034Motorsport is pleased to introduce the Billet Catch Can Kit for 8J Audi TTRS 2.5 TFSI!
034Motorsport's engineers invested significant effort developing and testing to create the most comprehensive and effective catch can kit on the market for the 2.5 TFSI motor. The 034Motorsport Billet Aluminum Catch Can Kit for 8J Audi TTRS features a completely revised high-capacity design to provide optimal crankcase ventilation while keeping oil and water vapor out of the intake tract. Furthermore, this catch can prevents oil ingestion during hard driving and heavy cornering loads seen on track. This kit is designed to drastically reduce carbon buildup within the intake tract and extended life from the motor.
- Prevents Crankcase Oil Deposits in Intake Manifold and on Intake Valves
- Reduces Carbon Buildup
- Ensures Proper Crankcase Ventilation
- Integrated Dipstick for Easy Level Checks
- Retains Factory Engine Cover
- Simple Bolt-In Installation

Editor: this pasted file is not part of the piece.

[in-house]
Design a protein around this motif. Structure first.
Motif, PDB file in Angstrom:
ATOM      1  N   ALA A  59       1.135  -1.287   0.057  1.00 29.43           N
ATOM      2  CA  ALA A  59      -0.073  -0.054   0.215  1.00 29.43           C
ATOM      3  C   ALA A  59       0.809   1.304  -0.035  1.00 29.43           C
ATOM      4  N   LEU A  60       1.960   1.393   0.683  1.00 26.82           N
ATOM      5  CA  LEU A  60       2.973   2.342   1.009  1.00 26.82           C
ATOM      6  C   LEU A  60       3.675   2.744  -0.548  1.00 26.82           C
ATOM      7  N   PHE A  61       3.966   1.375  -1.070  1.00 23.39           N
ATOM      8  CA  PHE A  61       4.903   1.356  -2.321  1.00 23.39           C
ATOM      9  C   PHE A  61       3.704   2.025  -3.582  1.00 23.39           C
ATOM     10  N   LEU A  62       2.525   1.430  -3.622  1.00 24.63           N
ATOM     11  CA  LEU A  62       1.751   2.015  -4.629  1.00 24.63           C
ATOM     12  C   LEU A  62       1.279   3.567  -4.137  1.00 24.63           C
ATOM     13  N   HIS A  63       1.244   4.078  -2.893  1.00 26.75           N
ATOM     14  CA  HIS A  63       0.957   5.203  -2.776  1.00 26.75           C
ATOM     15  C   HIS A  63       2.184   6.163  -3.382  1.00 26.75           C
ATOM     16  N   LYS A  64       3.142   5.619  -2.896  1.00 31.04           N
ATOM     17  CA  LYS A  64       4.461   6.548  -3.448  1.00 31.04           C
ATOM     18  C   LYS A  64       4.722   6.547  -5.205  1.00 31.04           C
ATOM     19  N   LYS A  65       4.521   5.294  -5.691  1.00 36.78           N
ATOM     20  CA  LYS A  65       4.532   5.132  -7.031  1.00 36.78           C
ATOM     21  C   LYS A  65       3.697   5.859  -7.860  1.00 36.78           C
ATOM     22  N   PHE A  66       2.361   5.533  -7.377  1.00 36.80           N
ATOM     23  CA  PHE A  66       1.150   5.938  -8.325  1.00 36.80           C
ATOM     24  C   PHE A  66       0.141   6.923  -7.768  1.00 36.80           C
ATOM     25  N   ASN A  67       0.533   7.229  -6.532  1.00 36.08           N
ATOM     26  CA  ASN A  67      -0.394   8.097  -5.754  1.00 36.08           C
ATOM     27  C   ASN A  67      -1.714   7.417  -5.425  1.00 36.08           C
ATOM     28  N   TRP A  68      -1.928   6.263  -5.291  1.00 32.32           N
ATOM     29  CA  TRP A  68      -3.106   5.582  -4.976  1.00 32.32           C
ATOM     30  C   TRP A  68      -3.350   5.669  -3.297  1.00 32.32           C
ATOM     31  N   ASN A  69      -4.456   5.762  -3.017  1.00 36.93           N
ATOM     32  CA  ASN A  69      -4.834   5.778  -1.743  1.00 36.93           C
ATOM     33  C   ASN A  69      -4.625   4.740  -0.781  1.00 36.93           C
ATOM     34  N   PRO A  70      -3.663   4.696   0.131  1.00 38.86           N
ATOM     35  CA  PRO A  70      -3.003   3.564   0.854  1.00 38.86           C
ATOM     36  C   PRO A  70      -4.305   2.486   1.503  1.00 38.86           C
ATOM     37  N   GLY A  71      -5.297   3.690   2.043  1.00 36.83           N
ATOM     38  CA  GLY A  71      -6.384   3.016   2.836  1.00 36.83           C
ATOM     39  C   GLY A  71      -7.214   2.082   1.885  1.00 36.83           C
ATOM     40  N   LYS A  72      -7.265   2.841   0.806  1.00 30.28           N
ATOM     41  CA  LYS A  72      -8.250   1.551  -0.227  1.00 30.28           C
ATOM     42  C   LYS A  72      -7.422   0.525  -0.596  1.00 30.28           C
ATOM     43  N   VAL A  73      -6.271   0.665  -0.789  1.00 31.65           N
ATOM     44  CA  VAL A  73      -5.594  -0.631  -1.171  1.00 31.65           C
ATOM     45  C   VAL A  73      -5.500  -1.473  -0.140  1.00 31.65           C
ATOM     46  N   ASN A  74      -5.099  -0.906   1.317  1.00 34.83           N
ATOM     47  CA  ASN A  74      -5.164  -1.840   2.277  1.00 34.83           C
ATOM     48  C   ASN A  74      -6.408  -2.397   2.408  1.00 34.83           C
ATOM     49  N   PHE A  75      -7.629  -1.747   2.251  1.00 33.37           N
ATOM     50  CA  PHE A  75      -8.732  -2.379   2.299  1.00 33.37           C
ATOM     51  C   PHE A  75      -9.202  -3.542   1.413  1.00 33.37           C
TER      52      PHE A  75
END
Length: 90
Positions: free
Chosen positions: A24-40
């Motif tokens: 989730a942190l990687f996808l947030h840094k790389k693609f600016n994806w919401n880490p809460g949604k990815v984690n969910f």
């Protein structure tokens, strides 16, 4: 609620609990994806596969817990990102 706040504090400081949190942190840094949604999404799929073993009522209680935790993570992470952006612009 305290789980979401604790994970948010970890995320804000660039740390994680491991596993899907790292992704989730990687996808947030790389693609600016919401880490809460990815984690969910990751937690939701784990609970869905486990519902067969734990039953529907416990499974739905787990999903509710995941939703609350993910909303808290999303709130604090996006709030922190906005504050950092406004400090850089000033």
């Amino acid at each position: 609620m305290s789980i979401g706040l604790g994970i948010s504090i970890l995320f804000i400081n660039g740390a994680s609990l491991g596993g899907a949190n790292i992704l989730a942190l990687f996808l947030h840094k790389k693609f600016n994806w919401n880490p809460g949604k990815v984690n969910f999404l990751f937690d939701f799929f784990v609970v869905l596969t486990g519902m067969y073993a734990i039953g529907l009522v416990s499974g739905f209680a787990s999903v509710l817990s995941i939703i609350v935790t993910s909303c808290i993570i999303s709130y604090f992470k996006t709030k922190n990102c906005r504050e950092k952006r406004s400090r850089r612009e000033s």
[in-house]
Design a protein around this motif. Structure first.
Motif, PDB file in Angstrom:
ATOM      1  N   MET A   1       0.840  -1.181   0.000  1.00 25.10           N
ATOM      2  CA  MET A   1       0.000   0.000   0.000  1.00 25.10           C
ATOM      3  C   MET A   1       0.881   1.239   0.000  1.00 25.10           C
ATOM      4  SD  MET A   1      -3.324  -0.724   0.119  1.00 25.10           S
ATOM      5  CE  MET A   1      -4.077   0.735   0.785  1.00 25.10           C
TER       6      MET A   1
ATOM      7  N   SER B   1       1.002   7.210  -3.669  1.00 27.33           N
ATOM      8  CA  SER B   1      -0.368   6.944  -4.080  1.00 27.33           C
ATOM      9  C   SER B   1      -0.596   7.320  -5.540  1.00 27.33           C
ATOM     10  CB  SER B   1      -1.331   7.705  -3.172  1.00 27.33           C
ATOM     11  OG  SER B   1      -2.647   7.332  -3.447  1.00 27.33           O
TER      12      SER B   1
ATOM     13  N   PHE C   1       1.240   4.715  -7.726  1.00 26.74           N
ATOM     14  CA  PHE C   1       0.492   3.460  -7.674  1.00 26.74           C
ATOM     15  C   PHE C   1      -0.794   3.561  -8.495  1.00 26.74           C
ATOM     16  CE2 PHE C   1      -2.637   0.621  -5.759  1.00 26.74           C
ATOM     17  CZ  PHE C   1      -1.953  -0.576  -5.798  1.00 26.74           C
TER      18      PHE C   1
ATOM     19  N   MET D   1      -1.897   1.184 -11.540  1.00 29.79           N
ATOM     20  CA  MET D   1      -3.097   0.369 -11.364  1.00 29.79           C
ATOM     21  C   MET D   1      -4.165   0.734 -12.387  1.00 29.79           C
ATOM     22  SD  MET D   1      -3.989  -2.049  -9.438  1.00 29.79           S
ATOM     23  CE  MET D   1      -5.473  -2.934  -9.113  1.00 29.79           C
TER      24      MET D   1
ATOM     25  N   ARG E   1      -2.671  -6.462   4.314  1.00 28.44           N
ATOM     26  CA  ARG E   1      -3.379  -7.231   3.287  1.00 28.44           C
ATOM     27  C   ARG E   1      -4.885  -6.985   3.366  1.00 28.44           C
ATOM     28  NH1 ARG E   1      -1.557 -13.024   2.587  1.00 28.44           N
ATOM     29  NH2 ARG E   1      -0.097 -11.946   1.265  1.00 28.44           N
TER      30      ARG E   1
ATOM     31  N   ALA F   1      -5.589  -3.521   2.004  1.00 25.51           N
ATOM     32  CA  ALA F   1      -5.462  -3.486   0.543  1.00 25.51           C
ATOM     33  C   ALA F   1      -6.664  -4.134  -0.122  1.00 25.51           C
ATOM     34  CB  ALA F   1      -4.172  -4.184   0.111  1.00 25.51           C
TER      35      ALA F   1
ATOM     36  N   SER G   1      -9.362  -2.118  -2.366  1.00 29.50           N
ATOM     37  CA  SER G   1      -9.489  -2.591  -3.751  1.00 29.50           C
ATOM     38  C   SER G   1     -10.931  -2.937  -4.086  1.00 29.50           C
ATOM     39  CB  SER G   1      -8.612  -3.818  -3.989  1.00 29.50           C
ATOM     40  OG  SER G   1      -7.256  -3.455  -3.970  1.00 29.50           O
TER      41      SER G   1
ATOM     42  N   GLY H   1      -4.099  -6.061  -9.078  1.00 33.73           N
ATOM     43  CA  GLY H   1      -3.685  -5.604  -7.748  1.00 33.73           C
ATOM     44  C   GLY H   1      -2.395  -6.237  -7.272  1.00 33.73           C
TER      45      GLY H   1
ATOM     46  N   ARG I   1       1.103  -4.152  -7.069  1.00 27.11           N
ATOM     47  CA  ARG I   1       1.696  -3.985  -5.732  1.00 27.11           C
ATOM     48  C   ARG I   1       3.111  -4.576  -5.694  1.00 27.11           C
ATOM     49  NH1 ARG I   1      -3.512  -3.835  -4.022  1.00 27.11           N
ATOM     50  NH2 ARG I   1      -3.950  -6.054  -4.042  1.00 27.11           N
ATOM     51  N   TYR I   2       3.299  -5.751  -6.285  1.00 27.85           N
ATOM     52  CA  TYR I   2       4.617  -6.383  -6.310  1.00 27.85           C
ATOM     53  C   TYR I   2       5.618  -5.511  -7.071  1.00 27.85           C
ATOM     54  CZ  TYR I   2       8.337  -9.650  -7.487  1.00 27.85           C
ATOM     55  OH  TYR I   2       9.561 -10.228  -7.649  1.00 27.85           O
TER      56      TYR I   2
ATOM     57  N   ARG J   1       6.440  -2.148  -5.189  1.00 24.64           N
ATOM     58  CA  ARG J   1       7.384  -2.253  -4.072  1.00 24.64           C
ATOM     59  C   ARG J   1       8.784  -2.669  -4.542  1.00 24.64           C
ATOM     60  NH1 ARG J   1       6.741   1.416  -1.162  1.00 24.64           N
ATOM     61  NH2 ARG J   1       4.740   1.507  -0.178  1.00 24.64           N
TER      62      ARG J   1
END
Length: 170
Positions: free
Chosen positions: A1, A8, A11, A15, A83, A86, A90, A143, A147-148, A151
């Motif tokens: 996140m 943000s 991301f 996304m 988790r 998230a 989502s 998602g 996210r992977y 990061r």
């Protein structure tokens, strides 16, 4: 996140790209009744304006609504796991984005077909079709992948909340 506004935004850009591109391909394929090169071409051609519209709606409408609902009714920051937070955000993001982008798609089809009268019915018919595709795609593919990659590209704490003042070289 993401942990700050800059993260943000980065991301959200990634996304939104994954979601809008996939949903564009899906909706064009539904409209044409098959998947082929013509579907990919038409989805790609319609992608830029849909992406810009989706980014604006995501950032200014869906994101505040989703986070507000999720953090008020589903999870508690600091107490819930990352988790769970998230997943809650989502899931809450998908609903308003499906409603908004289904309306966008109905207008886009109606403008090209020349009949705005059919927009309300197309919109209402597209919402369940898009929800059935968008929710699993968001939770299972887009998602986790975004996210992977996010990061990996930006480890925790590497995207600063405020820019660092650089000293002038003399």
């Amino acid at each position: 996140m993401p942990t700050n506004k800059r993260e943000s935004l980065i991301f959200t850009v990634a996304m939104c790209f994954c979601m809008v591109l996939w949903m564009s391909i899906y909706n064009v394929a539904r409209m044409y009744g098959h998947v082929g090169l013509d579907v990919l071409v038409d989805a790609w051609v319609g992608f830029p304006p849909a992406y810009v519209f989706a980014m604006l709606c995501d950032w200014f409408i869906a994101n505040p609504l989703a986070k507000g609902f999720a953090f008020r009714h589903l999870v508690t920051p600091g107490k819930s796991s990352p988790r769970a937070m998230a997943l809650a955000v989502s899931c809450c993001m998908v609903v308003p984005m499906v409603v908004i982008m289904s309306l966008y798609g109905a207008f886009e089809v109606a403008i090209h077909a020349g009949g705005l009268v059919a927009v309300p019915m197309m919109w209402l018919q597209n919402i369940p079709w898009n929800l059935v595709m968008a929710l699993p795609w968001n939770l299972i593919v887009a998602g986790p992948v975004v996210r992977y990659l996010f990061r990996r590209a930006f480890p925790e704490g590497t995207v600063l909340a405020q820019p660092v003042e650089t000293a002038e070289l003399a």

- CNC-Machined Billet Aluminum 034Motorsport Valve Cover Breather Fittings (Black Anodized)
- 034Motorsport Modular Catch Can Assembly (Black Anodized)
- -10 AN Catch Can Inlet/Outlet Hoses
- No-Drill Mounting Bracket
- Installation Hardware
- 2012 - 2013 Audi TTRS (8J - MkII)
- Vehicles running catch cans in below freezing temperatures are advised to remove the catch can during winter months to avoid freeze-up issues. Race cars that need to run catch cans in freezing conditions should take extra steps to prevent freeze-up such as an electric heater or cleaning out the system regularly. Take care when routing the lines and avoid drooping, as that can allow oil/water to collect and freeze.
- Due to the factory connection to the turbo inlet using security bolts, the turbo inlet or turbo will need to be removed from the car to uninstall the safety bolts and replace with 034Motorsport hardware and connector. Please factor in extra labor time and effort to install this catch can kit.
- This catch can kit does not remove the factory PCV breather plate and as such is designed to catch oil expelled out of the crank case via the rear port to the turbocharger inlet. We will consider additional components to address oil leakage via the front port, however based on our testing the rear port posed the biggest source of oil exiting the crankcase under boost.